# How to construct a $4 \times 4$ symmetric, positive definite matrix with integer eigenvalues

As part of my master thesis I'm trying to construct (or find) some $4 \times 4$ symmetric, positive (semi-)definite matrices with integer components, and integer eigenvalues. The reason for the integer conditions is purely aesthetical, since typesetting the matrix and many analytical calculations look nicer with integer scalars.

I'm aware of answers such as https://math.stackexchange.com/a/1377275/245055, but the problem is that this does not produce a symmetric matrix.

Any guidance will be greatly appreciated, as I would very much prefer not having to search for this by brute force or via code (which might potentially produce false positives due to numerical precision issues).

• The false positives aren't a problem -- if the diagonalisation yields integer eigenvalues, you can check in integer arithmetic whether they're actually eigenvalues. – joriki Apr 12 '16 at 14:02
• @joriki OK, thanks. If nobody manages to come up with an analytical approach, I'll resort to solving this numerically and share the implementation as an "answer". – thomasjo Apr 12 '16 at 14:09
• This seems like it might be relevant, though I'm not sure exactly how: math.stackexchange.com/questions/607540/… – bubba Apr 12 '16 at 14:19

You can use the trick from this paper to find orthogonal matrices with rational entries: $(S-I)^{-1}(S+I)$, where $S$ is skew-symmetric with integer entries. Then you can use these for similarity transforms of diagonal matrices $D$ with integer entries, and multiply by the determinants to get back to integers; all together:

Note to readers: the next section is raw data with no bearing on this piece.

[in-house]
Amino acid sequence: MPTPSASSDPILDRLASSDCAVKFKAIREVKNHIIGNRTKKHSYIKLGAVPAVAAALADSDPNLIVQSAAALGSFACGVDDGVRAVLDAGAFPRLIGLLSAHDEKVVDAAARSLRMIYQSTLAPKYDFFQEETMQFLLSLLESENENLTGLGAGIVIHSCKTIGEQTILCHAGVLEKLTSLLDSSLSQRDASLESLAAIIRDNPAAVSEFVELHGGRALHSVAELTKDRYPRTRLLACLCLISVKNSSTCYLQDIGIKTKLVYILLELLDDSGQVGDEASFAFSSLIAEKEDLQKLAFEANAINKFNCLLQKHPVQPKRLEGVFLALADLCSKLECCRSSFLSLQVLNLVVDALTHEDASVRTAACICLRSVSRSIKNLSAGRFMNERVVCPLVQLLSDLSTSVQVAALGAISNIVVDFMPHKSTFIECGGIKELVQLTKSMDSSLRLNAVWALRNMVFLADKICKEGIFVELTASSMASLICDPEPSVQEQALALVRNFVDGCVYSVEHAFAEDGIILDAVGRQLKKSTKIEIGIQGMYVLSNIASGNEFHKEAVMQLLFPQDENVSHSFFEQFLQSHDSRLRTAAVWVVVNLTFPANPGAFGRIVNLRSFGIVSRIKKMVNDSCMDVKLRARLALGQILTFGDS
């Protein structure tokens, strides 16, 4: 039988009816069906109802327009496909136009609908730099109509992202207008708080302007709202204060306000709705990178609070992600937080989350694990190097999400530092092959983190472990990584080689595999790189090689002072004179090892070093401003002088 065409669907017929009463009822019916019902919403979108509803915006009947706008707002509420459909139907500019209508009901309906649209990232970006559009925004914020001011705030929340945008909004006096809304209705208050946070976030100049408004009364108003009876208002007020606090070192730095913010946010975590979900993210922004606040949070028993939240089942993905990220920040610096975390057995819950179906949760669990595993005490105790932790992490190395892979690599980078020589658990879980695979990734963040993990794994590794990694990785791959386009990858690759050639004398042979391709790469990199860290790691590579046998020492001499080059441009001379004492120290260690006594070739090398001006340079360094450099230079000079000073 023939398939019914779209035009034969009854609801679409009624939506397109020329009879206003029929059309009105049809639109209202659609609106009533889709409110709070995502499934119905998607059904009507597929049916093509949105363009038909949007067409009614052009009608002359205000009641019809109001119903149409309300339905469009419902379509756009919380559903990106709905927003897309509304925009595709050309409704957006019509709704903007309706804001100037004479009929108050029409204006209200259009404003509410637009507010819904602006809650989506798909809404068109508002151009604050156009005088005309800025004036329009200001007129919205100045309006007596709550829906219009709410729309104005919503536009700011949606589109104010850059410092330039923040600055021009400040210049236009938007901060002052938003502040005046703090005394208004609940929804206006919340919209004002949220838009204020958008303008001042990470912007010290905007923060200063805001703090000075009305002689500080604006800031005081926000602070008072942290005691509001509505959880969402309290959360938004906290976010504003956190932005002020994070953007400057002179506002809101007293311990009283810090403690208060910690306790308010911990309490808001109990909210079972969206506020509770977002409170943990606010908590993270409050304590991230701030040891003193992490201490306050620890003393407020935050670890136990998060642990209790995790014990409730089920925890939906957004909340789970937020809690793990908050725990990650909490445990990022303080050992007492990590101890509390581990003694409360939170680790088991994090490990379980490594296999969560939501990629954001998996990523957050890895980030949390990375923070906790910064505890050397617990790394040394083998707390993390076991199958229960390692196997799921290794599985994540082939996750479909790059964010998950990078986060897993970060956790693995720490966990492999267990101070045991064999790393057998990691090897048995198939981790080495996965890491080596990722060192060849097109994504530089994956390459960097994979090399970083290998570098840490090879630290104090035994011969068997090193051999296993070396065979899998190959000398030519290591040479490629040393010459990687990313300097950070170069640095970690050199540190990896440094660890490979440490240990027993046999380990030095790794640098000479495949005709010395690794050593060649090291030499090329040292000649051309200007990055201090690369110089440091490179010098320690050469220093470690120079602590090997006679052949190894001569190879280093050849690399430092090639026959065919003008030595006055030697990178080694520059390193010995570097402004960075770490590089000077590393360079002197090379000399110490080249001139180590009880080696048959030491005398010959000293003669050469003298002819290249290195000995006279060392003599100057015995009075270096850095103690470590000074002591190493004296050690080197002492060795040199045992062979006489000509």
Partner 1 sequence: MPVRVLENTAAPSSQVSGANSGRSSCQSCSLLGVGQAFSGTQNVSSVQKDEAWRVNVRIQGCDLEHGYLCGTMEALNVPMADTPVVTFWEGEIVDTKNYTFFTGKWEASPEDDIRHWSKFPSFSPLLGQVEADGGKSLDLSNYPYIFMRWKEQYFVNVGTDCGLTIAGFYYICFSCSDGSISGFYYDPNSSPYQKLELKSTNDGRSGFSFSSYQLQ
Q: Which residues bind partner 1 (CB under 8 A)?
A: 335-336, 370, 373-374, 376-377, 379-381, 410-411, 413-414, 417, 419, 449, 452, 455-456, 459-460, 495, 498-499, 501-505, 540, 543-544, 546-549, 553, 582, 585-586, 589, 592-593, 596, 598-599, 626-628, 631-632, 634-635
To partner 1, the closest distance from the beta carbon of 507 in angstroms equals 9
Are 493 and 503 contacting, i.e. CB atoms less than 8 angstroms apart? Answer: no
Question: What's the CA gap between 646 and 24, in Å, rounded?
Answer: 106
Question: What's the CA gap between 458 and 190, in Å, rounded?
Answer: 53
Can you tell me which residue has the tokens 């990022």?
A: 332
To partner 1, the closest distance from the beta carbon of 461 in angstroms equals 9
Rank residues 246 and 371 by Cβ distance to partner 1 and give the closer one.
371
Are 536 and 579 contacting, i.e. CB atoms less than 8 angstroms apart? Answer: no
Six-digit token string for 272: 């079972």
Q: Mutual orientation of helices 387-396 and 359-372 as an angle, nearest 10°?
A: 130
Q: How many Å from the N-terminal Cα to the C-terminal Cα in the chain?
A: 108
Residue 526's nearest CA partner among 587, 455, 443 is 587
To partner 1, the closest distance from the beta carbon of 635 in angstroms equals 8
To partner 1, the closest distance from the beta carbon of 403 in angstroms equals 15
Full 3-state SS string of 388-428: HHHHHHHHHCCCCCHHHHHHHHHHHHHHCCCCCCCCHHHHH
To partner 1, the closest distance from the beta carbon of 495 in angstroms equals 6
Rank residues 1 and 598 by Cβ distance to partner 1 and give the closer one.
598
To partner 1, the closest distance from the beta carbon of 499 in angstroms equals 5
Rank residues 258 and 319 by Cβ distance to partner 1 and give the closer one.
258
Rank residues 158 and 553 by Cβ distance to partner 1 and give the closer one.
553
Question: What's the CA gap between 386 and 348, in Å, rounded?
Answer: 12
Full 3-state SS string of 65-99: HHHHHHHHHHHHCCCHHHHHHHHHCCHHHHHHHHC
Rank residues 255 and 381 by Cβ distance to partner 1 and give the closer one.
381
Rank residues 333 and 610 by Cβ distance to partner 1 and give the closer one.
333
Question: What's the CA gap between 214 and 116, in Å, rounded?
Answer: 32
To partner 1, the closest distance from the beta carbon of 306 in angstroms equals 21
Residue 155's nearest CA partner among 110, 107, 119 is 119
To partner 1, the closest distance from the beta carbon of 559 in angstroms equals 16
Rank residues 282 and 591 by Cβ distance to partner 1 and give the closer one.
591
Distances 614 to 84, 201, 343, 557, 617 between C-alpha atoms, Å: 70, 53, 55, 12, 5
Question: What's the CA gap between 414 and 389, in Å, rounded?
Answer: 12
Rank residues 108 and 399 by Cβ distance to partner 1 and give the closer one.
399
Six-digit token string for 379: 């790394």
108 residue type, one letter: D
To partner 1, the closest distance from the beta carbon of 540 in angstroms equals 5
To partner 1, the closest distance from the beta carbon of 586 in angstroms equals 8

$$\det(S+I)^2(S+I)^{-1}(S-I)D(S-I)^{-1}(S+I)$$

where $S$ is skew-symmetric, $D$ is diagonal and both have integer entries.

One can modify the approach of the linked solution. Borrowing the notation from there, we want the resulting matrix $A = (\det V) V \Lambda V^{-1}$ to satisfy $A^T = A$, and it is sufficient to choose $V$ such that $V^{-1} = V^T$, that is, such that $V$ is orthogonal. This actually gives only $n!$ solutions over $\Bbb Z$, namely the permutation matrices, and these only yield diagonal matrices, but we can just allow ourselves to work with rational orthogonal matrices $V$ and then clear denominators at the end. For $n \geq 2$ there are infinitely many of these, as any Pythagorean triple $(a, b, c)$ determines such a matrix: $$\begin{pmatrix}\frac{a}{c} & -\frac{b}{c} \\ \frac{b}{c} & \frac{a}{c}\end{pmatrix} \oplus I_{n - 2} .$$ Alternatively, one could take a Householder reflection determined by any rational vector in $\Bbb Q^3$.

Explicitly:

1. Pick any sequence $(d_1, \ldots, d_4)$ of nonnegative integers and form the diagonal matrix $$D := \pmatrix{d_1 & & \\ & \ddots & \\ & & d_4} .$$
2. Pick any rational, orthogonal $4 \times 4$ matrix $Q \in SO(4, \Bbb Q)$.
3. Form the rational matrix $Q D Q^{-1} = Q D Q^T$, and multiply by some positive multiple $m$ of the least common denominator of the entries of that matrix. By construction, the resulting matrix $A := m Q D Q^T$ is symmetric has integer entries and nonnegative eigenvalues $md_a$.

For example, consider the sequence $(2, 1, 1, 1)$ and for $Q$ take the above matrix given by the familiar Pythagorean triple $(a, b, c) = (3, 4, 5)$. Computing gives $Q D Q^{-1} = \pmatrix{\frac{34}{25} & \frac{12}{25} \\ \frac{12}{25} & \frac{41}{25}} \oplus I_2$, and clearing denominators gives a matrix with the desired properties. $$\pmatrix{34 & 12 & 0 & 0 \\ 12 & 41 & 0 & 0 \\ 0 & 0 & 1 & 0 \\ 0 & 0 & 0 & 1} .$$

• The example in the answer already shows that $Q D Q^{-1}$ need not be an integer matrix. (The error in the comment seems that be the assumption that $P^{-1}$ will be an integer matrix, which it's not.) Of course, one could alternatively pick a $k$ so that $P = k Q$ is an integer matrix, and then $P D P^T$ has the desired property, but this effectively just reorders the steps. – Travis Willse Apr 13 '16 at 10:37
• My bad. You're right. – user1551 Apr 13 '16 at 11:49